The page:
I thought life was too short not to do it all, so I was willing to try anything once. I was always up to something new: apartments, jobs, travel plans, degrees, beliefs. I had long lists of things I wanted to try and places I wanted to visit. But then I converted to the Catholic Faith, had my first baby, and became a stay-at-home mom. I don’t really do a whole lot anymore.
No one calls my parents to say, “You’ll never guess what she did now!” about the soup I made for dinner. No one cheers from the sidelines: “Do it now, while you still can!” when I seize some free time to read. And I don’t send postcards from my adventures in the Land of Croup.
There is still movement aplenty in the form of toddler mischief, blocks flying past my head, and children standing on things they shouldn’t be standing on.
But for the most part, any changes, any “movement,” comes not from doing something exciting in the greater world but from an interior movement of the heart, mind, and will. I’m not crossing borders, but experiencing the slow and often painful movement of the soul toward God.
Our culture is all about the externals. We cultivate bodies and bucket lists as if there will be a crown in heaven for those who looked the best while trekking at Machu Picchu. But in heaven, joy will be found in those quiet fruits of practicing the faith: contemplation, prayer, and adoration.
The inner life isn’t flashy, it’s not exciting, and no one is going to be jealous of the time spent on your knees in prayer. But it’s the real stuff, the good stuff. The hard stuff.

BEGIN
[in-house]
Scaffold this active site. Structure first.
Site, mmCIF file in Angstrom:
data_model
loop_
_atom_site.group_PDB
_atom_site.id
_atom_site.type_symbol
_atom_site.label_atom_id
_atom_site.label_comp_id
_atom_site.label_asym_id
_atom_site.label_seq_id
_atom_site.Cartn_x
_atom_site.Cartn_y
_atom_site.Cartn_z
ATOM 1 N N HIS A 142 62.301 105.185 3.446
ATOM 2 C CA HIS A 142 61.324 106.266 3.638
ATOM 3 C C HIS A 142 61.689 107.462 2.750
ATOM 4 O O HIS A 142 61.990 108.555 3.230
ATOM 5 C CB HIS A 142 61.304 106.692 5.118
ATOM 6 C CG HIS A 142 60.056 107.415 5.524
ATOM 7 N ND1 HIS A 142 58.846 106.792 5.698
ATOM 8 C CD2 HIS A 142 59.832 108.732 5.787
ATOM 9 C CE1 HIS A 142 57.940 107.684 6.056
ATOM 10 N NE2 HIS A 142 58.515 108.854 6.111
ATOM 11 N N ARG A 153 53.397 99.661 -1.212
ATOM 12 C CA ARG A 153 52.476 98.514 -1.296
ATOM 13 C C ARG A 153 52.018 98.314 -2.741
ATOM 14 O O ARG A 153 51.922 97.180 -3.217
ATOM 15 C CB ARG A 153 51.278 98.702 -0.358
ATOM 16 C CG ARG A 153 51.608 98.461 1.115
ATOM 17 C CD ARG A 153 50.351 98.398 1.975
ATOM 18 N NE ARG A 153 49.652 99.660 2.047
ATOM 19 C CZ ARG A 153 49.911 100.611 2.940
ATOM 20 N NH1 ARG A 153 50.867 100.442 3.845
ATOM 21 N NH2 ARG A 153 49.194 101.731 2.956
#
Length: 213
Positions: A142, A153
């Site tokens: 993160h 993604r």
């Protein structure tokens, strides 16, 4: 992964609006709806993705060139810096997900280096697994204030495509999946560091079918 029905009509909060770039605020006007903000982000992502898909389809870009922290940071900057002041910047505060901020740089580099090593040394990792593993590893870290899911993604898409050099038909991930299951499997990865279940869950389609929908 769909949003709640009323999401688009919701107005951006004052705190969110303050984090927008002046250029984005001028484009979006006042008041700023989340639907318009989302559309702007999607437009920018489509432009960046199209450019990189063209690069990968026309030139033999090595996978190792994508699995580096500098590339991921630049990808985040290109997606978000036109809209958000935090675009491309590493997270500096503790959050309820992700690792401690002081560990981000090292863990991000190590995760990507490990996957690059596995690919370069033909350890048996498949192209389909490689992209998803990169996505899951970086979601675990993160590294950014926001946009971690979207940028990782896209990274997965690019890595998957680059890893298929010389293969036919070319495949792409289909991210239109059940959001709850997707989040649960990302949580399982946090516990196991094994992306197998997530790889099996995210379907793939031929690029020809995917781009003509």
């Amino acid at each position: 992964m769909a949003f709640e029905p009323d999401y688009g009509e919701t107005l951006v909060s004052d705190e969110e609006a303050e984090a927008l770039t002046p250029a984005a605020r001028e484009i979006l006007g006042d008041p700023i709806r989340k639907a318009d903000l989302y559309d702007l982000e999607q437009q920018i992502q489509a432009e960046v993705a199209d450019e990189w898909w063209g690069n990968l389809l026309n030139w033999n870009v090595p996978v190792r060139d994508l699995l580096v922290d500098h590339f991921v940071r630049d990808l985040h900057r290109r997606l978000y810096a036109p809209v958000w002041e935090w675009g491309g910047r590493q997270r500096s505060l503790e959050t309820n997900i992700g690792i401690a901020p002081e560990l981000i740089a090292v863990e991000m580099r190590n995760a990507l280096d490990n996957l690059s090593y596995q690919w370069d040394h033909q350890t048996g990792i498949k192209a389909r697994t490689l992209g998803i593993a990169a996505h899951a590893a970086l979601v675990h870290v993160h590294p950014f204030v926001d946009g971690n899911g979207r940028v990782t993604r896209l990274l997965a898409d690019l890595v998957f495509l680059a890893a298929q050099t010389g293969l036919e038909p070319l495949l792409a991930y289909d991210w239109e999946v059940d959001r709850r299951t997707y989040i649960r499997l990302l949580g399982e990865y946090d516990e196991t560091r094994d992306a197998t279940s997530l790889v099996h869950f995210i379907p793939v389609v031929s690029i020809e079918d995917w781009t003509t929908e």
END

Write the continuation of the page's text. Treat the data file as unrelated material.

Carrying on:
More determination is required to subdue the interior man than to mortify the body; and to break one’s will than to break one’s bones.
— St. Ignatius of Loyola
In seizing freedom and making lists there was little bending of the will, little in the way of sacrifice beyond saving money for the next adventure. And very little stillness.
Now I live on a much smaller, more intimate scale. There are no big trips planned, no promotions, nothing exciting—only the day-to-day attempt at joyful sacrifice and surrender of self. This is harder than the worst of flights, bedbugs, and food poisoning all in one. It doesn’t sparkle with novelty either: the battle against the flesh is an old one.
But this interior movement is everything, even when I am perfectly still, kneeling—not even “standing on my own two feet.” As the spiritual life has grown, the bucket list has shrunk. Sometimes that feels good and right, other times a backpack and a one-way ticket sound pretty appealing.
And those times I remind myself that the real destination sells no postcards, and no one’s clamoring that you should go now before it’s discovered. The crown offered there is sought in the smallest of moments, in privacy and prayer, in the constant and quiet pursuit of what is good and holy and true—and in the denial of self.
“Lord what wilt Thou have me do? Behold the true sign of a totally perfect soul: when one has reached the point of giving up his will so completely that he no longer seeks, expects or desires to do ought but that which God wills.”
—St. Bernard of Clairvaux
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